11. More and more designers are fed up with Adobe's policy of renting software. The fact that people allowed companies to continue this trend is sad because it's going to be even worse down the road. It won't be applied to just programs. Thank you Affinity for, at least now, not going down that path. I hope you won't change your mind when you become more popular. I've been using Adobe for many years but I would rather switch to Affinity, so here are some things that I hope you fix or implement (maybe you already did in the new upcoming version): For Affinity Photo: - Brushes window needs to be designed/organized so that brush options and shapes can be picked and adjusted quicker. - Brush shapes in black, not gray color. - The brush deselects visually in brush panel so I don't know which one I'm working with - When you ctrl+click on a layer it selects it but the layer panel doesn't automatically show the layer until you force it to by CTRL+K - The layer structure needs to show more clearly that files are inside a certain group/folder, maybe by putting a different stroke on the layer boxes, or by color, or something on left side. Maybe a thicker line or spacer at top and bottom layer of group. Currently it's easy to get lost when there are lots of layers. Color coding would help. - Needs right click context menu so when you click over a layer on main visual it shows you all the layers that are beneath the clicked area. This way you dont have to search in layers window where is the layer that is on bottom. - Mesh Warp tool - would be nice if insides of shape could be adjusted, not just the outside frame (like in Photoshop). - When duplicating an object with move tool+ALT, it would be nice if cursor changed shape like a double-arrow. + Shape changing is much better than Adobe's. Blur and sharpen filters are most used so it's good that more time is being spent on their development than all the minor plugins which Photoshop is packed with. - Hoping these will eventually be added: Rotate View Tool (rotates preview of canvas by quick button press to draw easier), Content-Aware transform, Smart Objects equivalent, seamless pattern helpers and preview Overall Affinity Photo has what it takes to replace Photoshop, at least in the kind of design work I do. However Affinity Designer is too basic. Thank you for combining vector and raster. That is a great start. Designer might be suited for people who want to create fine-art-type visuals like the ones you show on your site, and it may be useful for people who like creating simple visuals using shapes, and for maybe interface design. Other than that it lacks tools for detailed design and tuning. One example is when creating type art and changing letter shapes. Also when inking illustrations. This is where Illustrator has tools that really make a difference: Shape Builder, Blob brush, Smooth tool, Join tool, Width tool. I never liked Illustrator for graphic design but these tools are great and I really hope you implement them soon. I don't know how far you can copy them without being sued by Adobe but get as close as you can with your own spin on it. Also your version of AI's Fidelity so you can adjust how much the shape changes or stays true as you write with brush. Similar to Affinity Photo, looking forward to these changes: a Layers panel that's visually organized better, better brush panel for quicker access and adjustment of brushes, rotate view tool, seamless pattern helpers and preview, and maybe a fix so when you draw with vector brush it doesn't continuously change shape as it follows your path. It should stop changing after a certain distance. Hopefully it won't be 3 years until these changes are made but good luck, and I hope the programs and company develop to something many people will enjoy.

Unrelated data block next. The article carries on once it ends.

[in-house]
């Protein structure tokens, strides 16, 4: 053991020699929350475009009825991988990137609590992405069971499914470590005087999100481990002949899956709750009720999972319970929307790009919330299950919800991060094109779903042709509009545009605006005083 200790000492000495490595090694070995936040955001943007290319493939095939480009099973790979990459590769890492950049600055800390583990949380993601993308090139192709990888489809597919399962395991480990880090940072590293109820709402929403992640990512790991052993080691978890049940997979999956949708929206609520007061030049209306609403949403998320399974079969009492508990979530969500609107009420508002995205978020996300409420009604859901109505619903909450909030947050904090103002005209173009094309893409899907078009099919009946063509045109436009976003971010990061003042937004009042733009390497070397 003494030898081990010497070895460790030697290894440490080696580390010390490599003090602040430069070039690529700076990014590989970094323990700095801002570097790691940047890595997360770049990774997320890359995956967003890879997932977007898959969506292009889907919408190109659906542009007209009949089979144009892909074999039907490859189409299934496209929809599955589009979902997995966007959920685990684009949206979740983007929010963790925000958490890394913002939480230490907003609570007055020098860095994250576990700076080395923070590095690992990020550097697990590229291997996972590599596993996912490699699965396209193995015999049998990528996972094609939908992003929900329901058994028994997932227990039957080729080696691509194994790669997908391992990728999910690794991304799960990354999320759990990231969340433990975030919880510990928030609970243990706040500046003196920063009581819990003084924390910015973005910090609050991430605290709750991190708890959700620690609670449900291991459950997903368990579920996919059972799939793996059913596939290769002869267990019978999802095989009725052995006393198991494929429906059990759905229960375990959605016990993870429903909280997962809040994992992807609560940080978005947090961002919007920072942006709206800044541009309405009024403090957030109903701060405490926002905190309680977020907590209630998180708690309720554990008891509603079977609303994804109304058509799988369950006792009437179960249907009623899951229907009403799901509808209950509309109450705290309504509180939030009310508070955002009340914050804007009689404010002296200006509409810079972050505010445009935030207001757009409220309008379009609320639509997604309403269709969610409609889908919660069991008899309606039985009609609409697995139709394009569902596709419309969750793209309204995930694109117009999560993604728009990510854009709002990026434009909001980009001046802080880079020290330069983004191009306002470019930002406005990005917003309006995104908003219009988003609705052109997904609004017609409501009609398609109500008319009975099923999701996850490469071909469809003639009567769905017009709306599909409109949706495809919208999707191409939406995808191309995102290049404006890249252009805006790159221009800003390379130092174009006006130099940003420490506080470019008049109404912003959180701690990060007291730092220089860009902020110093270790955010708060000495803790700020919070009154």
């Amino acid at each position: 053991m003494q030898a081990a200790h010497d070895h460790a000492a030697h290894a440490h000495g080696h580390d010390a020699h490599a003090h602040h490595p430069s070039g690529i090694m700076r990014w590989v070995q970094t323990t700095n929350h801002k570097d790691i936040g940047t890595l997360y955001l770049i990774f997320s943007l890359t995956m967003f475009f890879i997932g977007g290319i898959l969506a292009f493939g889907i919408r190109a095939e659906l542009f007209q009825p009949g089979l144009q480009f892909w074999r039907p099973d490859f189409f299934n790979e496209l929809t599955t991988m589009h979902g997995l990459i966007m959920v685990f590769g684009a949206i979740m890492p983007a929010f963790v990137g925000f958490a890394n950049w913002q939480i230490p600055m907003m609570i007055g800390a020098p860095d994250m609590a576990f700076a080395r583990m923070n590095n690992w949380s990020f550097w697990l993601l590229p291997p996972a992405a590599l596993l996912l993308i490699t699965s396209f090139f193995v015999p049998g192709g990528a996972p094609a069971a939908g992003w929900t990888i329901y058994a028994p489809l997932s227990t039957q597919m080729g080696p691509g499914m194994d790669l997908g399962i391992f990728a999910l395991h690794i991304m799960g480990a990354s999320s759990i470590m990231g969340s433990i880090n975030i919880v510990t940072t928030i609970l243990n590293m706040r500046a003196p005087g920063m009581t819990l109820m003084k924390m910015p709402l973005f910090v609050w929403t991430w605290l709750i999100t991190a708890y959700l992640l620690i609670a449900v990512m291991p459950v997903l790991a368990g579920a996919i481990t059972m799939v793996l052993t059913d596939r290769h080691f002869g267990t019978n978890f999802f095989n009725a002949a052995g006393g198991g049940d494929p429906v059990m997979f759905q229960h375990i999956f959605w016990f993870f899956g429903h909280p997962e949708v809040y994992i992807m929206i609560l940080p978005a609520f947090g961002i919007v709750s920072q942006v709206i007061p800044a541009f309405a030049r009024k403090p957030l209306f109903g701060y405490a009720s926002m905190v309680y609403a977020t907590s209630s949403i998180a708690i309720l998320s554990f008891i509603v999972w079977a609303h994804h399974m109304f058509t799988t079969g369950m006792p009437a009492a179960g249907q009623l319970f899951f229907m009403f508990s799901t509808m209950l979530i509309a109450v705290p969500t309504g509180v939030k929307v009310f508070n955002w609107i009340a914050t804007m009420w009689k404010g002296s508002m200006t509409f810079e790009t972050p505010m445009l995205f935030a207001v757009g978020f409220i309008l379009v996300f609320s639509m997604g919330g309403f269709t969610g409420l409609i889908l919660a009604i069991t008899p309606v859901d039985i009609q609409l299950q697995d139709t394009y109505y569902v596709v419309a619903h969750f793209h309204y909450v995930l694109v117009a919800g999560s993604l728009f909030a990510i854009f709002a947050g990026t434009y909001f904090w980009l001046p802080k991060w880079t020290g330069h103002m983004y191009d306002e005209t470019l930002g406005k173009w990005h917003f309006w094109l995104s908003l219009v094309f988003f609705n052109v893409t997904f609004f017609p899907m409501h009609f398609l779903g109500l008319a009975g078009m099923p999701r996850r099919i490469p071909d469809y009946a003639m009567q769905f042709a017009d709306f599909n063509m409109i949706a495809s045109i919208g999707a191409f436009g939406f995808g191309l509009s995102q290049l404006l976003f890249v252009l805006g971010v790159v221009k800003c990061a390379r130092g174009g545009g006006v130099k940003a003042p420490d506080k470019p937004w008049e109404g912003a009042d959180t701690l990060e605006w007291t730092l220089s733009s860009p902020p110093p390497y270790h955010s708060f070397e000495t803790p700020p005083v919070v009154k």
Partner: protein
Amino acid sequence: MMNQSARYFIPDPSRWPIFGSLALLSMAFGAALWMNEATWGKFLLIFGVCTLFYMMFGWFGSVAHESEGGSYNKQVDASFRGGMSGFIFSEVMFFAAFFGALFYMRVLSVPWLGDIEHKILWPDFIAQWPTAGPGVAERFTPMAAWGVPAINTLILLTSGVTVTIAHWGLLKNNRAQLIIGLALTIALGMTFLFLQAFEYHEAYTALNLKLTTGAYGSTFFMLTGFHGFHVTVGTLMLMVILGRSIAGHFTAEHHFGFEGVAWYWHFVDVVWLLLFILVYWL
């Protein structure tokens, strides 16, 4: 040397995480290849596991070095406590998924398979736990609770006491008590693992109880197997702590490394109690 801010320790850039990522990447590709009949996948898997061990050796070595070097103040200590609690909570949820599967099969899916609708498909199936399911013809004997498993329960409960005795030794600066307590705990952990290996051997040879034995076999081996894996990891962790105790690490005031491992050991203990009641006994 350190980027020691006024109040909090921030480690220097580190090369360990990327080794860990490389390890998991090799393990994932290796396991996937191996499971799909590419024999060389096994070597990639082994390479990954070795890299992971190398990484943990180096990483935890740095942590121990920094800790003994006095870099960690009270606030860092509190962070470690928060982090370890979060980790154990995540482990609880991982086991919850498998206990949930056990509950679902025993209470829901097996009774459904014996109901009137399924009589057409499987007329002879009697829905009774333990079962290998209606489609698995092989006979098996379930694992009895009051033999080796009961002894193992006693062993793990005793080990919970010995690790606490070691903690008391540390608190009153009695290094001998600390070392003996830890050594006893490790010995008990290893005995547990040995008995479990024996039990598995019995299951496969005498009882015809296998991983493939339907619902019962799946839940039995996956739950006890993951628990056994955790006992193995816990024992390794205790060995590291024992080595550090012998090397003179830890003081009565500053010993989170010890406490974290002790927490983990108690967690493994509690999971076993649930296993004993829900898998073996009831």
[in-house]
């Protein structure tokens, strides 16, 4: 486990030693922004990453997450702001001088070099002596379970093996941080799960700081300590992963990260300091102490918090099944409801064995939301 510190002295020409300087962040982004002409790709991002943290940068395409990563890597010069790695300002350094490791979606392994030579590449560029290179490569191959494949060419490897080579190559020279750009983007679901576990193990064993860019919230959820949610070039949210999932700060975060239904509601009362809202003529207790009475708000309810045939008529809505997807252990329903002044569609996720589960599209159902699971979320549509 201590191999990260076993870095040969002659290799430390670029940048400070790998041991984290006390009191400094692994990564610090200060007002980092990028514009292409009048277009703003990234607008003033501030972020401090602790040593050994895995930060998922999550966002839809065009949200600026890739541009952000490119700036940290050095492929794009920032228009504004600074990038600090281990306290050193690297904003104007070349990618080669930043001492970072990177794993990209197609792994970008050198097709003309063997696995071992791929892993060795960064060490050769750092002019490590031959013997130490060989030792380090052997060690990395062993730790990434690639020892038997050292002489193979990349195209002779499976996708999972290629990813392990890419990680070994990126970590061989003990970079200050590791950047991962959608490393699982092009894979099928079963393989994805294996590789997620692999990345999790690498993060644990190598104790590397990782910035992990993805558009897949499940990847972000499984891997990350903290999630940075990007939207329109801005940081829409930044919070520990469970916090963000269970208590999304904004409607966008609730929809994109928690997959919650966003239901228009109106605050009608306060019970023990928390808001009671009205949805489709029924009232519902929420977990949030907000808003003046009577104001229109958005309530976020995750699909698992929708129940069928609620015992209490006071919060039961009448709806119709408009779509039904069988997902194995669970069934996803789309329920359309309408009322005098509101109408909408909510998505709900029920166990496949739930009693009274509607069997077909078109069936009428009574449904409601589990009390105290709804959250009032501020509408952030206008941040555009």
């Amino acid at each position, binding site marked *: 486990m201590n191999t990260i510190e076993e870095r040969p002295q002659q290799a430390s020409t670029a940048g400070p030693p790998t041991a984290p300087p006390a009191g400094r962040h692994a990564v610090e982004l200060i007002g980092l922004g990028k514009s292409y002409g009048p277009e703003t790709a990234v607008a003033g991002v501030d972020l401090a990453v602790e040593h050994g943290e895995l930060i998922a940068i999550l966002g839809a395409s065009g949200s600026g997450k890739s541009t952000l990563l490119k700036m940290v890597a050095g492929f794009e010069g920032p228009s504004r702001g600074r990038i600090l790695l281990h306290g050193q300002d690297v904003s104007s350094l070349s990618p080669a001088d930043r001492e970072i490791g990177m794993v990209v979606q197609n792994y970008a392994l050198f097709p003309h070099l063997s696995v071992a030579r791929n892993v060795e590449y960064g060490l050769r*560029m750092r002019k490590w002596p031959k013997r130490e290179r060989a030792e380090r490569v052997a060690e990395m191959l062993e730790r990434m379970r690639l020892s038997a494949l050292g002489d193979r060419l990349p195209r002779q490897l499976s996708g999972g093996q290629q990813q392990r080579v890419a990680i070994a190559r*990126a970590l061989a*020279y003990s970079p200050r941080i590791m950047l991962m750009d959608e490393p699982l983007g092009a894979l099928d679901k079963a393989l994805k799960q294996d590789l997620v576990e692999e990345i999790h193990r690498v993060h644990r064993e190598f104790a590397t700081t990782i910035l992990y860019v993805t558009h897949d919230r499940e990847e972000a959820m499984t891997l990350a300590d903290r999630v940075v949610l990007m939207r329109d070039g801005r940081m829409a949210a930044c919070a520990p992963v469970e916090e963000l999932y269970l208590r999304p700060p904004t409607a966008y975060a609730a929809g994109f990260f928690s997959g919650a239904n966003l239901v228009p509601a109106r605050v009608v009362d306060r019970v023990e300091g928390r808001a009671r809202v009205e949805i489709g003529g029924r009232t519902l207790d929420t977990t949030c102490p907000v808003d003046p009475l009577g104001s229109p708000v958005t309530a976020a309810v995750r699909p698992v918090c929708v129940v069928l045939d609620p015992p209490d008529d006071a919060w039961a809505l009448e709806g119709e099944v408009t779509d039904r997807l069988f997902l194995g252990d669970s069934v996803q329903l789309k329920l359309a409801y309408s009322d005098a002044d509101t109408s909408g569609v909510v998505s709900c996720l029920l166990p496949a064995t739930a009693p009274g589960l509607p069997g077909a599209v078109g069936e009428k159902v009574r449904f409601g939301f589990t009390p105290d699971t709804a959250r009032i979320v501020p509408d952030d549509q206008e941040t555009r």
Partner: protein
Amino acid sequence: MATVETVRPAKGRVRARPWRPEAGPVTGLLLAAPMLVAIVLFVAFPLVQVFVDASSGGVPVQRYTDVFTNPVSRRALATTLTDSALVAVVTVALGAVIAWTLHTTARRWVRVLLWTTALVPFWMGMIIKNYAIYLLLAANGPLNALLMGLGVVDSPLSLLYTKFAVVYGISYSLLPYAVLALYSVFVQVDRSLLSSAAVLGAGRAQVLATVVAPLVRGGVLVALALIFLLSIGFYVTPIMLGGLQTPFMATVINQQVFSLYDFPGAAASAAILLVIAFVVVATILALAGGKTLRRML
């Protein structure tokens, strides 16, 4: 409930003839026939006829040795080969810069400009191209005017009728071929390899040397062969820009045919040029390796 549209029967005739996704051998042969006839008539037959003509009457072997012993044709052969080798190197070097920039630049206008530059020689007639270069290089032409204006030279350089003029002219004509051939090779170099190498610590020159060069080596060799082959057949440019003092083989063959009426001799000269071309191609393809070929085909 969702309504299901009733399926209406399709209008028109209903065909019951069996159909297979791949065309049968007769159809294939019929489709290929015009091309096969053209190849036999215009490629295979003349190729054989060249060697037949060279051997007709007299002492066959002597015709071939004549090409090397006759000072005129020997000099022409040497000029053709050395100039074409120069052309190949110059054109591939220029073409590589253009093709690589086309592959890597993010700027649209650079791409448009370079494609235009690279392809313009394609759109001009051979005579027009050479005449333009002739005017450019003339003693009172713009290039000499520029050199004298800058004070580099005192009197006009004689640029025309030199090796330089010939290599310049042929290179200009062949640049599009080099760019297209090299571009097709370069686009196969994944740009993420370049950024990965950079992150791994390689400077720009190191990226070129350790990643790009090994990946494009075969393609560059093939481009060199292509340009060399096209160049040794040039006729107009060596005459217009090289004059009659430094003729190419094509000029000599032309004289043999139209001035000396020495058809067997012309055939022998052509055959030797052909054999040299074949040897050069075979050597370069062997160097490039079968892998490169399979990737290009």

12. Hello @roger1954, welcome to the forum. Since you are new here around you may not have noticed that it is possible and a good advice to search the forum before posting. This is a very active community and many questions have been discussed before. I don't blame you for asking I just want to guide you towards an answer to your question 🙂 The answer is already there (and some very interesting comments, too). Please see this thread and the answer in it: Cheers, d.